Transformative mediators generally don’t reframe what parties say.  We want parties to make their own choices about what they say and about when, how and whether they adjust their perspective. We even support parties as they say things that offend the other party.  We continue to assume that parties are doing their best to regain their strength and responsiveness.

The transformative theory of conflict focuses on the quality of the interaction between the parties.  When the conflict is in a destructive cycle, the parties are less able to behave in ways that benefit themselves or the other party.  When the situation improves, the parties can and do serve themselves better and they act more responsively toward the other party.  Transformative theory assumes that parties prefer to act in those more constructive ways.   The things they say when in the destructive cycle can be understood in the context of the theory.

Below are some examples of typical things parties say and how they might be interpreted within the transformative theory.  They are expressions of the weakness and self-absorption that parties frequently experience as they struggle with challenging conflict issues. Again, we would not reframe what the party says – we would continue to patiently remain present with them, often reflecting accurately what they’ve actually said.  But these interpretations may be helpful to us in remaining patient and present with the parties.

  • “I’m not going to take any more of this!”:  I’m not feeling as empowered as I’d like.  Standing up for myself in relation to this other person and refusing to be victimized by him are essential to my sense of who I am.
  • “I just want this to be over!” This experience of being a victim of the other party and of these circumstances is no longer tolerable.  I want to return to the sense of control I’m accustomed to; and I no longer want to deal with this person whom I’m so confounded by.
  • “Who does he think he’s dealing with?”  I’m not succeeding at communicating my competence and the fact that I’m not someone who will tolerate being victimized.
  • “Who does he think he is?”  This person is acting as if they are superior to me.  It’s not ok with me to have someone to act as if they don’t need to treat me with more consideration.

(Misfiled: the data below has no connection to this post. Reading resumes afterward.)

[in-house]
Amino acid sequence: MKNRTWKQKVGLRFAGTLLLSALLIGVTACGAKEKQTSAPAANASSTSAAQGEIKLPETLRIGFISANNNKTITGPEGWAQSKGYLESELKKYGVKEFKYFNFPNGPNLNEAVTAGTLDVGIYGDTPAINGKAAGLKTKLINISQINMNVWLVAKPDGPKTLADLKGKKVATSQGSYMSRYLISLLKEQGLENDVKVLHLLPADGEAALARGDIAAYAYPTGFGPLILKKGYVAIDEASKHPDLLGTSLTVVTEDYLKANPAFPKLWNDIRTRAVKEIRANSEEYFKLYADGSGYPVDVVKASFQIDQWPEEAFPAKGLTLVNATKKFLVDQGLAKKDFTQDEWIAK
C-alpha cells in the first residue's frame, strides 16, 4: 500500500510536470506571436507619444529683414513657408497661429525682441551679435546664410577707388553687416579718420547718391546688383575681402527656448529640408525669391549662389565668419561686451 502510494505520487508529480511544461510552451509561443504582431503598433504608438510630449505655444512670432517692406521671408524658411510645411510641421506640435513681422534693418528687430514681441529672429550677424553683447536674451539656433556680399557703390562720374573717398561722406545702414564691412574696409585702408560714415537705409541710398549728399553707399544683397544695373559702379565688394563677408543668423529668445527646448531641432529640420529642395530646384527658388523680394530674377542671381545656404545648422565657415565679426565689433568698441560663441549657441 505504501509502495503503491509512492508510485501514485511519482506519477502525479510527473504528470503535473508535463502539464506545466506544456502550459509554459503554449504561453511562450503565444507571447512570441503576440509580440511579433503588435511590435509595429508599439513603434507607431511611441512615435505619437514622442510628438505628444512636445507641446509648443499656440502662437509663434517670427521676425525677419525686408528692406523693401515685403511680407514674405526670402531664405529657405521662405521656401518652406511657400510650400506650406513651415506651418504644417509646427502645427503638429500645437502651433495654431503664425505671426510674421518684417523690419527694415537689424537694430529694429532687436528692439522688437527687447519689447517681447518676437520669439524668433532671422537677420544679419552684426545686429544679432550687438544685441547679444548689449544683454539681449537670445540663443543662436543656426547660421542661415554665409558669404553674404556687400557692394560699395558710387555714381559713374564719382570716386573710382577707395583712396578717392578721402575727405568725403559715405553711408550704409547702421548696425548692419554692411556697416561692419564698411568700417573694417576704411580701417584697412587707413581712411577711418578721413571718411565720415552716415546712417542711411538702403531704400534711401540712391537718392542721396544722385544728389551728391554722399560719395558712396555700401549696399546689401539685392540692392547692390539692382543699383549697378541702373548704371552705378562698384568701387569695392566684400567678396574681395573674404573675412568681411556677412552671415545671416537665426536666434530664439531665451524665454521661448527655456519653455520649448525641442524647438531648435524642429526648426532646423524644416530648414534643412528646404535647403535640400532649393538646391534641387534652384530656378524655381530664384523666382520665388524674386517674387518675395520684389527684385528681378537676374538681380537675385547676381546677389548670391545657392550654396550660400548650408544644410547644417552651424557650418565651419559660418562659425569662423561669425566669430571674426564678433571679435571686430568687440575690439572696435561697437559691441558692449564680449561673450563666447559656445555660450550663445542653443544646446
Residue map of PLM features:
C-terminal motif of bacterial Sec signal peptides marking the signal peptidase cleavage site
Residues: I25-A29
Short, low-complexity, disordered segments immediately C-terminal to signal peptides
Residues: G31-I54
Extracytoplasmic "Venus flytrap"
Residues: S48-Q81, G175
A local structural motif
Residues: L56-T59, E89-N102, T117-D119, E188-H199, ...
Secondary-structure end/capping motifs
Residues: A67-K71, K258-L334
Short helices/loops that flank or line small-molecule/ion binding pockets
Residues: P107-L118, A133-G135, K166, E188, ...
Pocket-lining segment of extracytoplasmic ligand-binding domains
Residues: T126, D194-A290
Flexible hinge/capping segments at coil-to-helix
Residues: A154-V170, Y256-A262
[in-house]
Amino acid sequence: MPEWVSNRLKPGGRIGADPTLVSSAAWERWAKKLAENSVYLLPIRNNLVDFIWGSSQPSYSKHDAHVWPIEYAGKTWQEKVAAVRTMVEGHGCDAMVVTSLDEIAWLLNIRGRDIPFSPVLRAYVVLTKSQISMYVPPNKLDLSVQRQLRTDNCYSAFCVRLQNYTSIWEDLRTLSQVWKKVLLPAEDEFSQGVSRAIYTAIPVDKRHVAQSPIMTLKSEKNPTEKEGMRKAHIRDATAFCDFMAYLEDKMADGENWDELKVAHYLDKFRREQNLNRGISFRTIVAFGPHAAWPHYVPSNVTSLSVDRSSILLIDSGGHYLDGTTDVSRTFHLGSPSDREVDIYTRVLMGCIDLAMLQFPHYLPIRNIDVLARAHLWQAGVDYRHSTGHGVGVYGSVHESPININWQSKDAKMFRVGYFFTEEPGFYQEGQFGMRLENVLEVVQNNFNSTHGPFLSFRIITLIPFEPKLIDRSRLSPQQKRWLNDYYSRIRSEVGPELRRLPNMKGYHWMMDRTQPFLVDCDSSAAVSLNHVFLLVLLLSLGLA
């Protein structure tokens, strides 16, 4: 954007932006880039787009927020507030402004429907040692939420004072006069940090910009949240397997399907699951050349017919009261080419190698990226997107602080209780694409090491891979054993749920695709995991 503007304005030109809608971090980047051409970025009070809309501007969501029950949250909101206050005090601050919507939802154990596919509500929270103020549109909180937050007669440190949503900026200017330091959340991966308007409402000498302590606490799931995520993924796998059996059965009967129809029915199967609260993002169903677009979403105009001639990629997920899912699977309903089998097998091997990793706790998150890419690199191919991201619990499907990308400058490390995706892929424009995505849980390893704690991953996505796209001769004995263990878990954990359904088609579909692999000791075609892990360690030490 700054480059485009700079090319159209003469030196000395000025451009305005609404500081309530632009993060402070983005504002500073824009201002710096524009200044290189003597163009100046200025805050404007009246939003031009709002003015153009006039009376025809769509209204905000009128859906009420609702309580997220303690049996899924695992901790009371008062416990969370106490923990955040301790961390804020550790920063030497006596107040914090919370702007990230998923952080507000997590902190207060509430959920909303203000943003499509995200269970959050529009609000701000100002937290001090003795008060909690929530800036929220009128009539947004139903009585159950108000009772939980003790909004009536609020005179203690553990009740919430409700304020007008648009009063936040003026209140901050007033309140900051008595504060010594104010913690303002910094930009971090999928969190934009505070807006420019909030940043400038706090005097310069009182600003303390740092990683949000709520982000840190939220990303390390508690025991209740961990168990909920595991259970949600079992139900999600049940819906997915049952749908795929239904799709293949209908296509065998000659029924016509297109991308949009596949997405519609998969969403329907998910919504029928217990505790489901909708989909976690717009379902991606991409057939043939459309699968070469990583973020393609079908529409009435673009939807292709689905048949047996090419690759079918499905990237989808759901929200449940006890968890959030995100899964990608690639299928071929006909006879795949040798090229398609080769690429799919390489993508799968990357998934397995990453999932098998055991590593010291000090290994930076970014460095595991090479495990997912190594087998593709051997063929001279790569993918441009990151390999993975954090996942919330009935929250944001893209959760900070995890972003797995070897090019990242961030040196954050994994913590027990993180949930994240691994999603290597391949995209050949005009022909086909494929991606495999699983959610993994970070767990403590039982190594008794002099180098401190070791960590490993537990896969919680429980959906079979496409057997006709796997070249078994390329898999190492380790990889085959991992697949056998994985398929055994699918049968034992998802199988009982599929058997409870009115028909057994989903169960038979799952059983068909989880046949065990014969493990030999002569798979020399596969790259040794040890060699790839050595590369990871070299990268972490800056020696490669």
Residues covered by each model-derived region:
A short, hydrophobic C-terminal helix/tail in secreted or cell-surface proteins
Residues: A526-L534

• “What can he possibly be thinking?”  I don’t understand this person, and I don’t like that.
  • “The other party is a sociopath or a ‘high conflict person’!”:  I don’t understand how or why they’re behaving like this – the best I can do is assert that there’s something fundamentally wrong with them.
  • “The other person cares only about themselves but what they’re doing is only going to wind up costing them!”  I’m confused about what’s going on with this person.  On the one hand, they’re selfish and scheming, on the other hand, what they’re doing isn’t going to help them and they know it.  So they just don’t make sense.  And it’s very disconcerting to deal with someone whom I can’t understand.
  • “I wonder what he’s up to.”  I feel threatened because I don’t understand this person – they must be scheming against me.
  • “I’d rather pay my lawyers a million dollars than pay him anything!”  My interaction with the other party is the problem.  Paying him anything would feel like being victimized, like failing to stand up for myself.  My interaction with my lawyers is different – I’m not in the destructive conflict cycle with them.
  • “I just want what’s fair!”  I don’t want to be victim; and I don’t want to be a victimizer.

These interpretations are always just guesses.  And transformative mediators don’t impose these sorts of interpretations on the parties.  But our sense that what they’re saying is something like “I want to get clearer and I want to understand the other person” helps us stay calm and supportive.

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By Dan Simon

Dan Simon teaches and practices transformative mediation in St. Paul, MN. He also writes the blog at The Institute for the Study of Conflict Transformation.